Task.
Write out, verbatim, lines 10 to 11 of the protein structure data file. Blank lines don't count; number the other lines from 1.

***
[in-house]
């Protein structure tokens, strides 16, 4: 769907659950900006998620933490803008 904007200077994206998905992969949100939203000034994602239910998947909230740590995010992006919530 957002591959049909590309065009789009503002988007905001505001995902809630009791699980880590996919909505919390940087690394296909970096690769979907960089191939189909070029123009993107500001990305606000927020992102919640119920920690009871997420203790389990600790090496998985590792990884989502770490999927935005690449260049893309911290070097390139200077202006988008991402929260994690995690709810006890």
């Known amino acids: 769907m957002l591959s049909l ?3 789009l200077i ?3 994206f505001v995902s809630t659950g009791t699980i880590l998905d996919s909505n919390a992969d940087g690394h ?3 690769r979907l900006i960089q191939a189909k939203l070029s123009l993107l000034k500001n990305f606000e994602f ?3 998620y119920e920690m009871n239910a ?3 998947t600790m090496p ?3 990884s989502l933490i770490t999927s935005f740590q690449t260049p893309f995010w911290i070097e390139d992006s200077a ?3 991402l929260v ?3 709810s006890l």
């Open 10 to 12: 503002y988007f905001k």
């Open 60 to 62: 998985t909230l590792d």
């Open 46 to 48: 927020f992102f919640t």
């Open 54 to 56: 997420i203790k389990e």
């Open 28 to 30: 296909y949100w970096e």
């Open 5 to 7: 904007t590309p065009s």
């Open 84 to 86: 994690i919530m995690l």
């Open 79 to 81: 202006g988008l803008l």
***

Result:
């Open 84 to 86: 994690i919530m995690l």
């Open 79 to 81: 202006g988008l803008l």